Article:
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Discussion Starter #1
Greetings

Bought a 13 or so Elantra during that ridiculous cash for clunkers program where I got $4000 for a $200 Chevy. Not a bad car at all. Got me thinking about the company. Bought wife a '16 Soul a couple years ago. Cheap and she loves it.

Always been interested in EV's and hybrids. Daughter has a Leaf. I drive often too far for a pure EV so hybrid it is. The plug in is a bonus for local stuff..

Out the door for $28k and change. With $4500 tax credit, cheap for what it is.

I have a host of questions. The most burning is how to tell where regeneration braking turns to friction braking.

Looking forward to perusing the forum and the owner's manual.
 

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Above 30mph, you can watch the charging meter, and when you hit the brakes hard enough for the meter to drop to "max charging" (the lowest point on the meter), then if you brake any harder it will start adding friction braking. But it doesn't switch from one to the other, the friction brakes only supplement the regenerative braking when they're needed for additional stopping force.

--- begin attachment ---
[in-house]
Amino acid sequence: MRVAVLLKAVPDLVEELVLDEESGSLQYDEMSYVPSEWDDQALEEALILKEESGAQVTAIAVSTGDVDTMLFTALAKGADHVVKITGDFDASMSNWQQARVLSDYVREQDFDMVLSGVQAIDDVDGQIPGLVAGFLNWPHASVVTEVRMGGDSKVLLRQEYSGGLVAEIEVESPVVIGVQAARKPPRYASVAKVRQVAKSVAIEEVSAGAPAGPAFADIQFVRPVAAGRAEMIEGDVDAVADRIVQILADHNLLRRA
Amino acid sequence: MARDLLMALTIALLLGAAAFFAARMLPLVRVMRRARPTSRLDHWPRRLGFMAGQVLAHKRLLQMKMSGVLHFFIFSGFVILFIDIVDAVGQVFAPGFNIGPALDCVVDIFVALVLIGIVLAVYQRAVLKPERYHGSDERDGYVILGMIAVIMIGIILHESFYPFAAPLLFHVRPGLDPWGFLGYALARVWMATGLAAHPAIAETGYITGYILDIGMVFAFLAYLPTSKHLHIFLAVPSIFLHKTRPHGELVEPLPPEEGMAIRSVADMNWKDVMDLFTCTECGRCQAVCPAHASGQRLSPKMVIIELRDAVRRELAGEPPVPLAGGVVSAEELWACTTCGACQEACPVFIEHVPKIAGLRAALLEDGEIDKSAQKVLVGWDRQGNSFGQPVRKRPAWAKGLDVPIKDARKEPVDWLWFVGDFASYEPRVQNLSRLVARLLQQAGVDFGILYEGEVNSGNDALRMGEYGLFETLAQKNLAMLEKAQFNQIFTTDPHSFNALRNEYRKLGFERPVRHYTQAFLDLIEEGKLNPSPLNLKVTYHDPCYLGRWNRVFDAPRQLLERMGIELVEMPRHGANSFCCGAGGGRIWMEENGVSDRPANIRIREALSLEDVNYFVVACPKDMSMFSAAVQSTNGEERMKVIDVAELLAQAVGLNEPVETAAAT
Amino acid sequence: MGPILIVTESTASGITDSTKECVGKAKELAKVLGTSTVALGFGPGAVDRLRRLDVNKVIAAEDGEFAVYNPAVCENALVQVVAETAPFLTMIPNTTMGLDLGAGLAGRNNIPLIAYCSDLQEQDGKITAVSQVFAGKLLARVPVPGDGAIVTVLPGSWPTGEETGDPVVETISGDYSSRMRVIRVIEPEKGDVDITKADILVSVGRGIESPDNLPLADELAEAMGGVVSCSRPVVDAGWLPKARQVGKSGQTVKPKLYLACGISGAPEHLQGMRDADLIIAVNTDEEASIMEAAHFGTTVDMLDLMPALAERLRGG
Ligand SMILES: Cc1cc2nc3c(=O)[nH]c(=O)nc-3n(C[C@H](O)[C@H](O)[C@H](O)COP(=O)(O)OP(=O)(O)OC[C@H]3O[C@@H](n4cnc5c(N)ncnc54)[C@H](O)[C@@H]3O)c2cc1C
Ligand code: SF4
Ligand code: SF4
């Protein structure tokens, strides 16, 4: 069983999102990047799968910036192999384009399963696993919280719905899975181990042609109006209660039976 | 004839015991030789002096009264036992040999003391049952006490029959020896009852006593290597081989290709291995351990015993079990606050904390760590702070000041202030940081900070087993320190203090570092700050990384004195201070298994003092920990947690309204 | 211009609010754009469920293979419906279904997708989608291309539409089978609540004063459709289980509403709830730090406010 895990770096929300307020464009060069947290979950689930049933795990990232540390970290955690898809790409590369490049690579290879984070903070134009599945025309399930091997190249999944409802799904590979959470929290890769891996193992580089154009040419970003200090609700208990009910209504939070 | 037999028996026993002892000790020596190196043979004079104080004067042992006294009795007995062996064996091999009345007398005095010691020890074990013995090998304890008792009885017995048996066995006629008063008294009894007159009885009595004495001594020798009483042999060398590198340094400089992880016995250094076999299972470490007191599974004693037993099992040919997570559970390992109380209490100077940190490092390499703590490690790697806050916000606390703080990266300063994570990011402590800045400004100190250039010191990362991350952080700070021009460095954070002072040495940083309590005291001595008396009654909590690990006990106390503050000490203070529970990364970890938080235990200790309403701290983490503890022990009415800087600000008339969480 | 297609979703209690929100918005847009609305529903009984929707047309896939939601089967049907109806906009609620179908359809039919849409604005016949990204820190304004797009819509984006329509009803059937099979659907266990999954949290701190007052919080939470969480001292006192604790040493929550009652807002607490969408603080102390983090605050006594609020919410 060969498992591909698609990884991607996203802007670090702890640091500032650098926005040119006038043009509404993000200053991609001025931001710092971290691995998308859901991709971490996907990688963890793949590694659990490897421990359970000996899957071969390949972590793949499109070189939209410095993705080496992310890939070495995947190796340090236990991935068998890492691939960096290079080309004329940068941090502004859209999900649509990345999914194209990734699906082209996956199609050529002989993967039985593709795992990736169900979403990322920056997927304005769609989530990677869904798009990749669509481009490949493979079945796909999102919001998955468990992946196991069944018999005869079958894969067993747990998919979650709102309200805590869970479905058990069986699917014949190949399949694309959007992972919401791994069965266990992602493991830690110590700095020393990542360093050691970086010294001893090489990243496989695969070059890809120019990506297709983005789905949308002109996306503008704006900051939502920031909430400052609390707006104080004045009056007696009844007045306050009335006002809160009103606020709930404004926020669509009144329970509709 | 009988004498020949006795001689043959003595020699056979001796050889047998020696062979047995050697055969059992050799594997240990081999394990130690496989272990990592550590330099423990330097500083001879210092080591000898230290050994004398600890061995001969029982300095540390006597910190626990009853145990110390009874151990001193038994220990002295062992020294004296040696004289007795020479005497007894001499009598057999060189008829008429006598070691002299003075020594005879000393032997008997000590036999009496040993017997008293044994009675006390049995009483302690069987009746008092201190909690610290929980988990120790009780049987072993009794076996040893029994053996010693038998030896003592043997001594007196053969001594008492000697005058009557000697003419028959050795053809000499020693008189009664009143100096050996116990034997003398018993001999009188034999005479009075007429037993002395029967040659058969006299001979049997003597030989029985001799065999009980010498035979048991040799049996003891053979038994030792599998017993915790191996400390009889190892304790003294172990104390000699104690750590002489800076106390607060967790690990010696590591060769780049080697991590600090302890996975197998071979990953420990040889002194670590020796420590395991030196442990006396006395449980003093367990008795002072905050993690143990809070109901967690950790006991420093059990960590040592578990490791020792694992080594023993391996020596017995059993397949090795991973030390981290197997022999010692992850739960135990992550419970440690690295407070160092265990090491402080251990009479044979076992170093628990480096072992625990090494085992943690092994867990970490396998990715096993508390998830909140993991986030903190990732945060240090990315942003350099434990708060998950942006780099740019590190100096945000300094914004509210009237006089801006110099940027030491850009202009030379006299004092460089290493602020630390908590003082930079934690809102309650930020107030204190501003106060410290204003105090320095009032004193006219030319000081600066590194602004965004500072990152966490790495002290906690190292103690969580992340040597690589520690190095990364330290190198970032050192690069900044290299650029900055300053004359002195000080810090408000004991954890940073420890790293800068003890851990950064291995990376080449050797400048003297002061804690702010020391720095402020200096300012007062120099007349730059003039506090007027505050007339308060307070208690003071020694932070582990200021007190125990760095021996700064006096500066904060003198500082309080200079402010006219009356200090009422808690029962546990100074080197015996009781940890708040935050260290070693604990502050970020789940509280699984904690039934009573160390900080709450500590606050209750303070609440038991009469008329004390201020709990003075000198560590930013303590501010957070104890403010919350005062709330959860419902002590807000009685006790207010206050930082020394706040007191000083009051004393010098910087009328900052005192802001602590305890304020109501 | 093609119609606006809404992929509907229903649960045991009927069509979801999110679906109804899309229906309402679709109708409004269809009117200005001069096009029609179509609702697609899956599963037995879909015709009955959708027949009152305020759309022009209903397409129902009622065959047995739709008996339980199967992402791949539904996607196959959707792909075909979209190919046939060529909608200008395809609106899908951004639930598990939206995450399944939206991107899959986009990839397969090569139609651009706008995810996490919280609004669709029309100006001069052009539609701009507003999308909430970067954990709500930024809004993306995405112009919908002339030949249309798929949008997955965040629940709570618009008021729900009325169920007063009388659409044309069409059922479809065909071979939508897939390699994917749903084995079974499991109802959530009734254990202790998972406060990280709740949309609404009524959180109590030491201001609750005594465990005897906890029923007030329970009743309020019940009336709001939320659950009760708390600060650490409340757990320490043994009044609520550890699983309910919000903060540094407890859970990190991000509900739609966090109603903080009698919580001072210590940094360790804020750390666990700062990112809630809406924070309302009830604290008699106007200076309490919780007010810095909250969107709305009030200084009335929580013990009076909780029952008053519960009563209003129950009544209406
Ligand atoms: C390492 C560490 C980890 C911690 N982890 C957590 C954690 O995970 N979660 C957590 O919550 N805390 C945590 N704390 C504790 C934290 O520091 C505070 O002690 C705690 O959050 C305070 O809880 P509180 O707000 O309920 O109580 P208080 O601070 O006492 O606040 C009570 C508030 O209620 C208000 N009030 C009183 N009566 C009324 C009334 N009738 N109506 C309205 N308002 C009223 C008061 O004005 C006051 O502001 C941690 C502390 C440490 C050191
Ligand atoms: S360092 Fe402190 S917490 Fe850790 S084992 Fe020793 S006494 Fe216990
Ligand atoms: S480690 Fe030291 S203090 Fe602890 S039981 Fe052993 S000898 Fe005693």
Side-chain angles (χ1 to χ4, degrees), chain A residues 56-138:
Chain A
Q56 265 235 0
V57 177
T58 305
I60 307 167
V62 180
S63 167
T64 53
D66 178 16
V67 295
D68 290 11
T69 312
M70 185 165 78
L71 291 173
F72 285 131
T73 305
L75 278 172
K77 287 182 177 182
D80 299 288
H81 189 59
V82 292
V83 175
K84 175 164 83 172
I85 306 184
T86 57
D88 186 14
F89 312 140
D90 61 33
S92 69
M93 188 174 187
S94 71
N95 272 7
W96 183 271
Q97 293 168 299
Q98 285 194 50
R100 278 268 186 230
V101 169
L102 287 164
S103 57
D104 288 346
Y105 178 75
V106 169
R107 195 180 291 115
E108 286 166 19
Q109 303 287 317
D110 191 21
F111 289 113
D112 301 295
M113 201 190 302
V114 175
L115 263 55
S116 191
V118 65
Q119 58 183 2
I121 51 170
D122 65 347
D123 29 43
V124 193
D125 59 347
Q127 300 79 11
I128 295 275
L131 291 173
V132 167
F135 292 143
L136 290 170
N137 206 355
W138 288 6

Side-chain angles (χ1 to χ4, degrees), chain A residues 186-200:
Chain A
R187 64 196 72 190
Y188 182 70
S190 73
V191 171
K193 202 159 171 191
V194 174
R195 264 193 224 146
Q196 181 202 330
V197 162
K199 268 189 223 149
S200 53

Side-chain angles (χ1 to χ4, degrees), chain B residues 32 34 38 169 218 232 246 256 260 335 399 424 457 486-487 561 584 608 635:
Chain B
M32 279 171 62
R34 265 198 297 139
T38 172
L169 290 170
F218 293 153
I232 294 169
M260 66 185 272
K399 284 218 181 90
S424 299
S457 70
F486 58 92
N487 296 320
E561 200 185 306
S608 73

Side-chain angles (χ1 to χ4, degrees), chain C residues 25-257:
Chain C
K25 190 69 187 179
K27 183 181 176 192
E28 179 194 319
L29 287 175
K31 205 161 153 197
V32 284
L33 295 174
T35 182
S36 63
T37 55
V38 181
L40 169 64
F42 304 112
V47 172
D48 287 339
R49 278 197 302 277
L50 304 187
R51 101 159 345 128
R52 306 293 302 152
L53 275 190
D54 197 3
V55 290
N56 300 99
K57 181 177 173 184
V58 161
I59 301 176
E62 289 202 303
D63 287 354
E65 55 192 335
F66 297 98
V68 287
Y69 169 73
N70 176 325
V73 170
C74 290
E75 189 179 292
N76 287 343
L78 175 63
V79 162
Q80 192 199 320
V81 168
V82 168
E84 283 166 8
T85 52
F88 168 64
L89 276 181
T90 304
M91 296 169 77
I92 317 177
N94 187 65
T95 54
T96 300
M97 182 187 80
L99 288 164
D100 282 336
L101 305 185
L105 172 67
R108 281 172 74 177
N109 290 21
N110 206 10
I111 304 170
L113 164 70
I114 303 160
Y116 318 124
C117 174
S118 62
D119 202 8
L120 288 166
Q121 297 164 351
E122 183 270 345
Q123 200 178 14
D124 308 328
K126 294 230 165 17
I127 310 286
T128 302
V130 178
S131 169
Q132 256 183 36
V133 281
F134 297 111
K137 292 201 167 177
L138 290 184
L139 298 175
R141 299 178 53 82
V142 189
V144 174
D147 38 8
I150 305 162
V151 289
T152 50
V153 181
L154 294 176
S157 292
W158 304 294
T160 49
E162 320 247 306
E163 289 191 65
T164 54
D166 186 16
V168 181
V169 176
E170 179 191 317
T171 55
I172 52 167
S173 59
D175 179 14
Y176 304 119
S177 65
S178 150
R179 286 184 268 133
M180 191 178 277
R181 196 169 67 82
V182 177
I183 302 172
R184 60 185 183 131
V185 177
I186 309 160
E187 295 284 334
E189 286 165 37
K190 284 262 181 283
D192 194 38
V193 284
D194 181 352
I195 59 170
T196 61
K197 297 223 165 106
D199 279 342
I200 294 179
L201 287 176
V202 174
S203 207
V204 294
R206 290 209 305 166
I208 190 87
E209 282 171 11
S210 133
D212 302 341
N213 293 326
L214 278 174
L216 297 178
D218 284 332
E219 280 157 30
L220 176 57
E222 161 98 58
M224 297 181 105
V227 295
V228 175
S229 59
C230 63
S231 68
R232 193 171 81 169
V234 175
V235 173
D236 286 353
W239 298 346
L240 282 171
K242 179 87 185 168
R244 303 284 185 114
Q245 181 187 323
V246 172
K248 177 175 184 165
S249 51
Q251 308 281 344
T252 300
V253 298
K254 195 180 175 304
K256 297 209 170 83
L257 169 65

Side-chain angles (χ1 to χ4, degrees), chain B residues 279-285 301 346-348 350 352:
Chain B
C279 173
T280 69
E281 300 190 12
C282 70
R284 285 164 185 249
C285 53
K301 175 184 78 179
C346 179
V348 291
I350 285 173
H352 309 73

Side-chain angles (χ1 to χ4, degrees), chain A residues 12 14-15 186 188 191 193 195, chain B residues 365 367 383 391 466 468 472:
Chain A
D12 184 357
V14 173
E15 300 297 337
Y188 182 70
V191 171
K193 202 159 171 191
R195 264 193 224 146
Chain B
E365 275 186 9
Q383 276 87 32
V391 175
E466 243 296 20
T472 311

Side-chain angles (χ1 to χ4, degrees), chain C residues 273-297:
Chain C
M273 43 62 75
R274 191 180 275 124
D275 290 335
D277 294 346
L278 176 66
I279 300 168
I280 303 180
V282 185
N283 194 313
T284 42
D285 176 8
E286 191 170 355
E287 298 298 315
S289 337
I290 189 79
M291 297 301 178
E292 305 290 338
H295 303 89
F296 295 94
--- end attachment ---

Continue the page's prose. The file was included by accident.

Below 30mph, it gets less obvious because the meter will never hit "max charging" no matter how hard you hit the brakes. So what I do, is slowly add pressure to the brake pedal and watch the charging meter, and once I hit the point where applying more brake pressure isn't causing the meter to show any increase in charging, I keep the brake pedal where it's at.
 

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That's a good explanation, glocked. I've owned my Niro Phev for a few months now and still don't understand the charge meter when slowing down. I own a Pacifica PHEV, and the regen charge meter is very 1:1 with braking, and very accurate at all speeds. In other words, if I slow at 50mph or 25 mph, it will show a very realtime regen amount on the meter, and even the slightest changes to the brake pedal will be reflected in the regen meter immediately. However, with the Niro, it's like it's kind of lazy. Like it's just guessing. If I barely push the brake at 50mph, it'll jump down to max regen, but then if I do the exact same thing as I slow, it'll only go to, say 75%. If I push down on the brake harder, it doesn't regen any more than 75%. It doesn't correlate with changing brake pedal movements. I wonder if it's intentional to allow better traction by involving the rear brake pads more readily, or who knows. But I gotta say, it's a bit annoying when compared to my Pacifica.